2. How wrong am I to use this sail?

    Used to have a sail in inventory that looked like that...bag was labelled "ballooner", but I always thought the name was wrong. We sheeted to the end of the boom (clew->end of boom->turning block on deck at approx chainplates->primary winches) and it was fan-flippin'-tastic at close reaching. A tack had the intermediate step of launching a proper jib, and a gybe included a spinnaker launch. Pros -- great visibility, fast sail at a close reach. Cons -- won't point, won't run...although we had two headstays, so wing-on-wing with this to leeward (to the end of the boom) and a genoa to "windward" put a lot of sail area up and still was considered "non-flying". Of course, this was on an old universal rule boat.....times have changed!
  3. If you look at the moon, and the part you see is on the left side, that's how much is left before it starts over....
  4. Northern Century

    Good on ya. Enjoy!!!!!
  5. Northern Century

    Can't do it this year, but I think this is an absolutely fantastic event! Wind conditions are typicaly painfully light (at least they were the last three years that I raced), but the course options make this a "must do" event in my mind. Raced twice on a 33' boat with runners (what a PITA to deal with SH spin gybes at night) and once on a 47'er (what a PITA to deal with SH spin gybes at night). I'd say go race and enjoy the course/conditions...but plan on being out there until Sunday.
  6. I'm not yelling

    I always find the use of "enthusiastic verbal encouragement" to be an excellent crew motivation technique. It also works for employees and children.
  7. Mocking Ads on Craigslist

    https://www.craigslist.org/about/best/phx/6100073306.html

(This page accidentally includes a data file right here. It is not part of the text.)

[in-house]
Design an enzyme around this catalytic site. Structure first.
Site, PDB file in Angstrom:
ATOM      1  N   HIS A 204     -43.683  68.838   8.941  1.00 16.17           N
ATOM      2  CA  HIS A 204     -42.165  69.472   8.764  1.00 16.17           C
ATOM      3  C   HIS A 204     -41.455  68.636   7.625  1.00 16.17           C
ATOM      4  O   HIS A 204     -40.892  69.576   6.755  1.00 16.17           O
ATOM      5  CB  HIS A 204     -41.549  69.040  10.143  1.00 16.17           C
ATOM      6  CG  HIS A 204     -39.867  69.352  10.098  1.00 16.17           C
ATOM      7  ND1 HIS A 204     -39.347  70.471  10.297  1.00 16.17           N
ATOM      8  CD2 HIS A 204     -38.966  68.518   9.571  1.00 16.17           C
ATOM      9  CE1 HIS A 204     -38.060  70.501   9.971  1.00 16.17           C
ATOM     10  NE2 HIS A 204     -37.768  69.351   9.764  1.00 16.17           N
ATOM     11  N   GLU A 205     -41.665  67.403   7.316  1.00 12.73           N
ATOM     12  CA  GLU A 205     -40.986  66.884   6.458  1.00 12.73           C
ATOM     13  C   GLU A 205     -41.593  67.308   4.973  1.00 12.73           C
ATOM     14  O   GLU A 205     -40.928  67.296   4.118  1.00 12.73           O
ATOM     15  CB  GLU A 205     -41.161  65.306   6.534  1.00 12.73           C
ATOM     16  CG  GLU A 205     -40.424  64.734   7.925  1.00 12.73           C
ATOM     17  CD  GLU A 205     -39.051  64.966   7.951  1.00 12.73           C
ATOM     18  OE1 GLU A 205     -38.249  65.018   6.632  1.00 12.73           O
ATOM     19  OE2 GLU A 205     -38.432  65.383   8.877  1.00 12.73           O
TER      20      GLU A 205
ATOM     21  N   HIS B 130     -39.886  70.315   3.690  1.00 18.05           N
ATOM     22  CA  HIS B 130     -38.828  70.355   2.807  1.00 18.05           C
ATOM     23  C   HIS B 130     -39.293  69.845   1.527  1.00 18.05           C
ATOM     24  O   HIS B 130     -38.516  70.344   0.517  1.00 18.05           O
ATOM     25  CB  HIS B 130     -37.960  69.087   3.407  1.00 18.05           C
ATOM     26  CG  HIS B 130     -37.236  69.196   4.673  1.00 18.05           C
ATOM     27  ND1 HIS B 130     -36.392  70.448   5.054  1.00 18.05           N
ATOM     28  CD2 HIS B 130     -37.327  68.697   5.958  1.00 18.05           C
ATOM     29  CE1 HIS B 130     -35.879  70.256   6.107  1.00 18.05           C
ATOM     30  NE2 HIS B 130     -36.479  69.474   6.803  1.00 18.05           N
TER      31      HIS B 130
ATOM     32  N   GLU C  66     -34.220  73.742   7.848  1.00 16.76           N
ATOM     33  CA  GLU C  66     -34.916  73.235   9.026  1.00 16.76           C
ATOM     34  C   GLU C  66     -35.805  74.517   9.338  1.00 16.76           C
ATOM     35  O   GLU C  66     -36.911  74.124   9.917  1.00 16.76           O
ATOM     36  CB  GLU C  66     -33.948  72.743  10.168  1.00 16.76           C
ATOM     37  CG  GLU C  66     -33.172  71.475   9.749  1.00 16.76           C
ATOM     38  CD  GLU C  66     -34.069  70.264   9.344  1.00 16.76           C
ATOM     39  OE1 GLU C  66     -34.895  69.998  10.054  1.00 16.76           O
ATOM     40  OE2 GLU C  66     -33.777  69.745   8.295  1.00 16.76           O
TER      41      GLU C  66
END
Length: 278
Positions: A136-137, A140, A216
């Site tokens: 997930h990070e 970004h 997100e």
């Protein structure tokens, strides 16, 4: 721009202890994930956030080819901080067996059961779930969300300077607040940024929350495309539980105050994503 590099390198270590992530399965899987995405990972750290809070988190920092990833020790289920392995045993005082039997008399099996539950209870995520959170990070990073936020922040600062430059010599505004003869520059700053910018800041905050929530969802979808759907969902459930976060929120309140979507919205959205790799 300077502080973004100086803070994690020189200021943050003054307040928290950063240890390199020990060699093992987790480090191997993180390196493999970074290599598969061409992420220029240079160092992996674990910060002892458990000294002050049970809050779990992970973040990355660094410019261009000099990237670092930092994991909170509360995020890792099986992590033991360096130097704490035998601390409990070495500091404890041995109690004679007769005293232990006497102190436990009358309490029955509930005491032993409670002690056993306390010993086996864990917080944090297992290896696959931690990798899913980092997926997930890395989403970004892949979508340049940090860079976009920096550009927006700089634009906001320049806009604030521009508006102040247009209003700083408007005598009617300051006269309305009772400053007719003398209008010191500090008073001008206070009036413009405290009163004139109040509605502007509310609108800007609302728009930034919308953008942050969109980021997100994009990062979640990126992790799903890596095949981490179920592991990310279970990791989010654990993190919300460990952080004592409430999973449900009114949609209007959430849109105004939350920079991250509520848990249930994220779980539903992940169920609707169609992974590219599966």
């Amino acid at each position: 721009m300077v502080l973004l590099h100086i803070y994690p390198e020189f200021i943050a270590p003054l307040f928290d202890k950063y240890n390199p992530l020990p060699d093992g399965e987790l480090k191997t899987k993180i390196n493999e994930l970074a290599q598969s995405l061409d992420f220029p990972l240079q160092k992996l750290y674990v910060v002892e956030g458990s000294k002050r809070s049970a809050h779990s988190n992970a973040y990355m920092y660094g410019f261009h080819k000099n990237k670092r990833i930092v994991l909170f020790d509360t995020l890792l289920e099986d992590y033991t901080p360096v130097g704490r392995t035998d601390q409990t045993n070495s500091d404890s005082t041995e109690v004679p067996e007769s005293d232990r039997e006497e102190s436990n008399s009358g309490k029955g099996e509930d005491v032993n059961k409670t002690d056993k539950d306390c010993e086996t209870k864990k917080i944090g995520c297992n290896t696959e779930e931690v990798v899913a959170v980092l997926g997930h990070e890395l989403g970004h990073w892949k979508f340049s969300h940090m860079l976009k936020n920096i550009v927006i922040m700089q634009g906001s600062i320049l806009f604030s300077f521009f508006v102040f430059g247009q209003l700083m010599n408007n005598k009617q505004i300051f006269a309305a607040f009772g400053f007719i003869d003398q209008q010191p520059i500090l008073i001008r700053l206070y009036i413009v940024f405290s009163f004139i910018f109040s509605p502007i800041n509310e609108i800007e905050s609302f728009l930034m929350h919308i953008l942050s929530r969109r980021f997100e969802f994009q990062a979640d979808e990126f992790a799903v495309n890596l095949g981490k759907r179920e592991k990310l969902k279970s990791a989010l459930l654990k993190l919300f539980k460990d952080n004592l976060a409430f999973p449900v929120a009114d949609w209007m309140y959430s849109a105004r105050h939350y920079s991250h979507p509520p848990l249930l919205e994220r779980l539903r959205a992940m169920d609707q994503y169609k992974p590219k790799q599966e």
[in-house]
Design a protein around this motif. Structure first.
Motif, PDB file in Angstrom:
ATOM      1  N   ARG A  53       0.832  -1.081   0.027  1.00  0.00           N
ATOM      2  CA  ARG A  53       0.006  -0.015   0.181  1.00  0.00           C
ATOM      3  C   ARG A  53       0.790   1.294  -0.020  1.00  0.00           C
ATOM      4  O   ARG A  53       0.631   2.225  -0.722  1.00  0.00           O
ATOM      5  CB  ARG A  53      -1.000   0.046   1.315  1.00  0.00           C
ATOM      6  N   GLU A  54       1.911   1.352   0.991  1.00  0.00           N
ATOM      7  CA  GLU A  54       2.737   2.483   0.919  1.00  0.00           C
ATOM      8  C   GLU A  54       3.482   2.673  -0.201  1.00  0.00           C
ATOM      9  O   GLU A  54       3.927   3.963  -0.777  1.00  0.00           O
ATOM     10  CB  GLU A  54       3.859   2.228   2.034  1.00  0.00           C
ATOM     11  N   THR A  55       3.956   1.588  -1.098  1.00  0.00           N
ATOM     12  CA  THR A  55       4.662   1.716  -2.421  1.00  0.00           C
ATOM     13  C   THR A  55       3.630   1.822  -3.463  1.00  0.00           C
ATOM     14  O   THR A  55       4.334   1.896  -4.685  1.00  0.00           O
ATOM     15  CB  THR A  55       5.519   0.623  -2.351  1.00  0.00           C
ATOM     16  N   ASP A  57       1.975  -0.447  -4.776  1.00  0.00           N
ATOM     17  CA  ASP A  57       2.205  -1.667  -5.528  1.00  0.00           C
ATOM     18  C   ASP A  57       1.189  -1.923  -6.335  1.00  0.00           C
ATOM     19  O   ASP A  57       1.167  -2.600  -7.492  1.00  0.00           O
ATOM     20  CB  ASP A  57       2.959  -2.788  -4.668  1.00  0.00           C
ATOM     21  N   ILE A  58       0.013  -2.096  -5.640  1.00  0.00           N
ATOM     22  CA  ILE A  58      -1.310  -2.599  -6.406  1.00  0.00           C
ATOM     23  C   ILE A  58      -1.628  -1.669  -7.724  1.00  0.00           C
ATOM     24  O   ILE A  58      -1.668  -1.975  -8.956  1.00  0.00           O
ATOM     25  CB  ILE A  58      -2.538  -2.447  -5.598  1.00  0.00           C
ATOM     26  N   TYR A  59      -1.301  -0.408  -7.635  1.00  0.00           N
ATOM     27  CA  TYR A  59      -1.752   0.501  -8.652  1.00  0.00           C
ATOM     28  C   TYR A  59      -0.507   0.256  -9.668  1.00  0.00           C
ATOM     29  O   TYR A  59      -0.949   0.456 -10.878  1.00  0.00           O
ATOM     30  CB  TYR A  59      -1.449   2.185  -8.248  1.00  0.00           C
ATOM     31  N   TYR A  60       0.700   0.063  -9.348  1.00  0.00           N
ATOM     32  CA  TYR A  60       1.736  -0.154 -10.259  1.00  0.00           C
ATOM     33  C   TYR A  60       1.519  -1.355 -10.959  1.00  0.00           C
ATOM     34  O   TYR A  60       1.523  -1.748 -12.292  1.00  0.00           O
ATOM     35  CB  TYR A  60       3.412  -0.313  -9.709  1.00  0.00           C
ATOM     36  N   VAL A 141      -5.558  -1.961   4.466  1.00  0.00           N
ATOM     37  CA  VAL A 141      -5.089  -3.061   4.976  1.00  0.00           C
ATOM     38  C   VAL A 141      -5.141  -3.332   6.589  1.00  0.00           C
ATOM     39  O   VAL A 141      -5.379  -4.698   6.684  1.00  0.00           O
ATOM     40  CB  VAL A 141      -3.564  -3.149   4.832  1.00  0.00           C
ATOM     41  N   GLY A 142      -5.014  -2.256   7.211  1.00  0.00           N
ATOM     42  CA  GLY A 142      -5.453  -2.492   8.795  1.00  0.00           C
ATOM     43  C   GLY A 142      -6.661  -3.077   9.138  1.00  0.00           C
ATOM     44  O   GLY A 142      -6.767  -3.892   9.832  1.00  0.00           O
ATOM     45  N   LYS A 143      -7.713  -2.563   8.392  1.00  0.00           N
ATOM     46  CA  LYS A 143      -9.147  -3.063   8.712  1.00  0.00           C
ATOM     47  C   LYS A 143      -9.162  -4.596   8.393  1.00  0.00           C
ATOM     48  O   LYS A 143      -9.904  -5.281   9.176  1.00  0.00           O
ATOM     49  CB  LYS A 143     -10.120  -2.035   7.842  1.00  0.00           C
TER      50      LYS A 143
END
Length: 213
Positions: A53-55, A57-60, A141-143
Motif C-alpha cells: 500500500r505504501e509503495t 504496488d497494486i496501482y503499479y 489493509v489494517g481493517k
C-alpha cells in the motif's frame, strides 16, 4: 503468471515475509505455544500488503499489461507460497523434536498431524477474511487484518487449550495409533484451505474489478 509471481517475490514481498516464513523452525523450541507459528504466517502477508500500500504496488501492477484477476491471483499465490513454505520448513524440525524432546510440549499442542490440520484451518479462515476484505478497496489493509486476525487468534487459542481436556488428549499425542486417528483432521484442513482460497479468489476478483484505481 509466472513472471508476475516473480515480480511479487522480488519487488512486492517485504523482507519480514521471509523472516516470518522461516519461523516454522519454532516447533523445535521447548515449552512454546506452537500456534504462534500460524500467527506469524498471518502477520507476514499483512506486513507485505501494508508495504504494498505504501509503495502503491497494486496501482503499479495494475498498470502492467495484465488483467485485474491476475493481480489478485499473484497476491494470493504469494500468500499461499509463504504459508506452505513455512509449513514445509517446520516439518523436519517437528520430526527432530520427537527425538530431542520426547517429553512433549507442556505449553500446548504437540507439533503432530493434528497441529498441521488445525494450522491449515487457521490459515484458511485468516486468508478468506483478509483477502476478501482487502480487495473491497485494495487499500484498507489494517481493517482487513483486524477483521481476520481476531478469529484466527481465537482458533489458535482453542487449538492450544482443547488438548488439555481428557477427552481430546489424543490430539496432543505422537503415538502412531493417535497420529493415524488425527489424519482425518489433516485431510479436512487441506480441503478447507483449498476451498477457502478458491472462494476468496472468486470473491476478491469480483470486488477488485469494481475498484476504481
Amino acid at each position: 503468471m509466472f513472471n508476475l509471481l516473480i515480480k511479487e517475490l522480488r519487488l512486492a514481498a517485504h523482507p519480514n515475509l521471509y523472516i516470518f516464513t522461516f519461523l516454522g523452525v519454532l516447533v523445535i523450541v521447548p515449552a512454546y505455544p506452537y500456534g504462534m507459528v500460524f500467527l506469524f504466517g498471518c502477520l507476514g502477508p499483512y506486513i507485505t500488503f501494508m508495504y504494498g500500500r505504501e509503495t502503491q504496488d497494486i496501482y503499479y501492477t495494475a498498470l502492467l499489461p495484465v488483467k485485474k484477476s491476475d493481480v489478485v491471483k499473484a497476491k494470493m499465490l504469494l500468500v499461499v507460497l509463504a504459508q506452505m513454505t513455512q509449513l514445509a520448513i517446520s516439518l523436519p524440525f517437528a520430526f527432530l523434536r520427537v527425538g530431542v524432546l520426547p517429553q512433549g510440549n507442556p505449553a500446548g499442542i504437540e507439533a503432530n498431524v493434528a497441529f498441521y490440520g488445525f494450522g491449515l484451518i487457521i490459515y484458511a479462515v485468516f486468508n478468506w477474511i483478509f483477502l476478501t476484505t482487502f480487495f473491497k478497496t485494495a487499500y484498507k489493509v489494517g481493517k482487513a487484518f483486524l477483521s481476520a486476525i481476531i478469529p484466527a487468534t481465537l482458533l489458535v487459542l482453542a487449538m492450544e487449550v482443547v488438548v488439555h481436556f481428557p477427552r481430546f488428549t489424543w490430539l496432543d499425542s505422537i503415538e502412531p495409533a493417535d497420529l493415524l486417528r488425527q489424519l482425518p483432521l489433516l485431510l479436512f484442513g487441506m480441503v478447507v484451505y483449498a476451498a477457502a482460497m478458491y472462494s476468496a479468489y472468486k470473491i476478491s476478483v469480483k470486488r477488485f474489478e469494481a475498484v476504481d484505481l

8. Squamish Open Annual Regatta

    Two people? That's two complete watches....a full crew! Go Race!
  9. Races for Cruising boats in the PNW

    I think the Northern Century is an excellent event. The start is Friday night so you are "fresh" for the first night's racing. I love night races..... Can't do NC this year, but I'll be pushing for next!
  10. Races for Cruising boats in the PNW

    For kicks a few years ago, Two of us attempted to row a Beneteau 47.7. For about 30 seconds. Just to see if we could actually move the boat. Pffffttt. It's not gonna happen!
  11. Races for Cruising boats in the PNW

    Round Patos is a fun event to kick off the racing season and is a great introduction to racing at night. The Thetis Island race and Round Salt Spring are the week before Swiftsure and are a lot of fun. The Northern Century race is in August which is a DH event....Anacortes to Point Roberts to Hein Bank and back to Anacortes. Southern Straits didn't have a DH division this year but Swiftsure did (only four entries). Straits and Swiftsure have safety requirements that tend to limit entries to the more "race oriented" boats, but I think all other races have a division that you can fit into. As I think about it, both Straits and Swiftsure have "inshore" courses now that might be more intro/cruiser oriented and are not subject to as many requirements.